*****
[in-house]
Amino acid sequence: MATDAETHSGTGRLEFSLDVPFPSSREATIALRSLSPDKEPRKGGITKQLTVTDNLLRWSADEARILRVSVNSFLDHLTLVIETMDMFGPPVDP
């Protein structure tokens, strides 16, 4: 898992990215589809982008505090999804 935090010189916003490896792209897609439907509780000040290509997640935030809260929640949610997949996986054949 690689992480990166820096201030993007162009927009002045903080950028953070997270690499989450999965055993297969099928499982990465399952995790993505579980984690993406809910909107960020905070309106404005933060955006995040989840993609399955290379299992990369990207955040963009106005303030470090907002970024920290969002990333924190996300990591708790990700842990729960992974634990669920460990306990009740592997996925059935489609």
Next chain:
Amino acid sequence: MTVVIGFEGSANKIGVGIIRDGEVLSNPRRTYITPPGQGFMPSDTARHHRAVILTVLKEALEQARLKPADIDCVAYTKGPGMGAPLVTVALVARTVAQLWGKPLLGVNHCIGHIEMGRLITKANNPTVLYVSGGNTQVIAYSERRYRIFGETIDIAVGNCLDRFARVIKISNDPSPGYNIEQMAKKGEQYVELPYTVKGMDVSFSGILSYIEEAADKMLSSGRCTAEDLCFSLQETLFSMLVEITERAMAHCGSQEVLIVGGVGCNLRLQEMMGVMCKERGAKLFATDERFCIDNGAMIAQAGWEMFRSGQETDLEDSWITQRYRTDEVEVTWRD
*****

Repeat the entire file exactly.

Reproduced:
[in-house]
Amino acid sequence: MATDAETHSGTGRLEFSLDVPFPSSREATIALRSLSPDKEPRKGGITKQLTVTDNLLRWSADEARILRVSVNSFLDHLTLVIETMDMFGPPVDP
């Protein structure tokens, strides 16, 4: 898992990215589809982008505090999804 935090010189916003490896792209897609439907509780000040290509997640935030809260929640949610997949996986054949 690689992480990166820096201030993007162009927009002045903080950028953070997270690499989450999965055993297969099928499982990465399952995790993505579980984690993406809910909107960020905070309106404005933060955006995040989840993609399955290379299992990369990207955040963009106005303030470090907002970024920290969002990333924190996300990591708790990700842990729960992974634990669920460990306990009740592997996925059935489609």
Next chain:
Amino acid sequence: MTVVIGFEGSANKIGVGIIRDGEVLSNPRRTYITPPGQGFMPSDTARHHRAVILTVLKEALEQARLKPADIDCVAYTKGPGMGAPLVTVALVARTVAQLWGKPLLGVNHCIGHIEMGRLITKANNPTVLYVSGGNTQVIAYSERRYRIFGETIDIAVGNCLDRFARVIKISNDPSPGYNIEQMAKKGEQYVELPYTVKGMDVSFSGILSYIEEAADKMLSSGRCTAEDLCFSLQETLFSMLVEITERAMAHCGSQEVLIVGGVGCNLRLQEMMGVMCKERGAKLFATDERFCIDNGAMIAQAGWEMFRSGQETDLEDSWITQRYRTDEVEVTWRD